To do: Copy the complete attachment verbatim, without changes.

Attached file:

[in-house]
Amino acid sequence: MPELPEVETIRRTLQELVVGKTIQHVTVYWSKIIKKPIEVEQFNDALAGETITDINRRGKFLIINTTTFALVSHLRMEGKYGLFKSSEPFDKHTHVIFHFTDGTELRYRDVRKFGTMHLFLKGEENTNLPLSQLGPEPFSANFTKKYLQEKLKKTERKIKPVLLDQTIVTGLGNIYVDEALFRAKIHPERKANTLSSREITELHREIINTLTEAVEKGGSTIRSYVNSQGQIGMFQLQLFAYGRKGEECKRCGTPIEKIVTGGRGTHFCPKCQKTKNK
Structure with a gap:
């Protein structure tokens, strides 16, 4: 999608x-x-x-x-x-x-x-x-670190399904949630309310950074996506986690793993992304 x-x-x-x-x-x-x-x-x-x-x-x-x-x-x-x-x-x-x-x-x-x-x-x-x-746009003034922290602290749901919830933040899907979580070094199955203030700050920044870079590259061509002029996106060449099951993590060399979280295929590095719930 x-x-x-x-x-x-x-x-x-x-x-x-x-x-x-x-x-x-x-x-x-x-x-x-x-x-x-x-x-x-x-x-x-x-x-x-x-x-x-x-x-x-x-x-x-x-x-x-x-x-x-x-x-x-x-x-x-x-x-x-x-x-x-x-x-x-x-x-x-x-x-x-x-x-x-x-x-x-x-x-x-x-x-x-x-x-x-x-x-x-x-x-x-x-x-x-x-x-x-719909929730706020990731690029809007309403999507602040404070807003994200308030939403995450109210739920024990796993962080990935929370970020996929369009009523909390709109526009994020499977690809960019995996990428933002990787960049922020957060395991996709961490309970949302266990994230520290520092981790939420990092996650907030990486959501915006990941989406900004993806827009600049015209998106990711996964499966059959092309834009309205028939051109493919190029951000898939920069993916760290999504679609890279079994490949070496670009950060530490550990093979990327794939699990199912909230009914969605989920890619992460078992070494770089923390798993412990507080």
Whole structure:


[in-house]
Amino acid sequence: MPELPEVETIRRTLQELVVGKTIQHVTVYWSKIIKKPIEVEQFNDALAGETITDINRRGKFLIINTTTFALVSHLRMEGKYGLFKSSEPFDKHTHVIFHFTDGTELRYRDVRKFGTMHLFLKGEENTNLPLSQLGPEPFSANFTKKYLQEKLKKTERKIKPVLLDQTIVTGLGNIYVDEALFRAKIHPERKANTLSSREITELHREIINTLTEAVEKGGSTIRSYVNSQGQIGMFQLQLFAYGRKGEECKRCGTPIEKIVTGGRGTHFCPKCQKTKNK
Structure with a gap:
């Protein structure tokens, strides 16, 4: 999608x-x-x-x-x-x-x-x-670190399904949630309310950074996506986690793993992304 x-x-x-x-x-x-x-x-x-x-x-x-x-x-x-x-x-x-x-x-x-x-x-x-x-746009003034922290602290749901919830933040899907979580070094199955203030700050920044870079590259061509002029996106060449099951993590060399979280295929590095719930 x-x-x-x-x-x-x-x-x-x-x-x-x-x-x-x-x-x-x-x-x-x-x-x-x-x-x-x-x-x-x-x-x-x-x-x-x-x-x-x-x-x-x-x-x-x-x-x-x-x-x-x-x-x-x-x-x-x-x-x-x-x-x-x-x-x-x-x-x-x-x-x-x-x-x-x-x-x-x-x-x-x-x-x-x-x-x-x-x-x-x-x-x-x-x-x-x-x-x-719909929730706020990731690029809007309403999507602040404070807003994200308030939403995450109210739920024990796993962080990935929370970020996929369009009523909390709109526009994020499977690809960019995996990428933002990787960049922020957060395991996709961490309970949302266990994230520290520092981790939420990092996650907030990486959501915006990941989406900004993806827009600049015209998106990711996964499966059959092309834009309205028939051109493919190029951000898939920069993916760290999504679609890279079994490949070496670009950060530490550990093979990327794939699990199912909230009914969605989920890619992460078992070494770089923390798993412990507080």
Whole structure: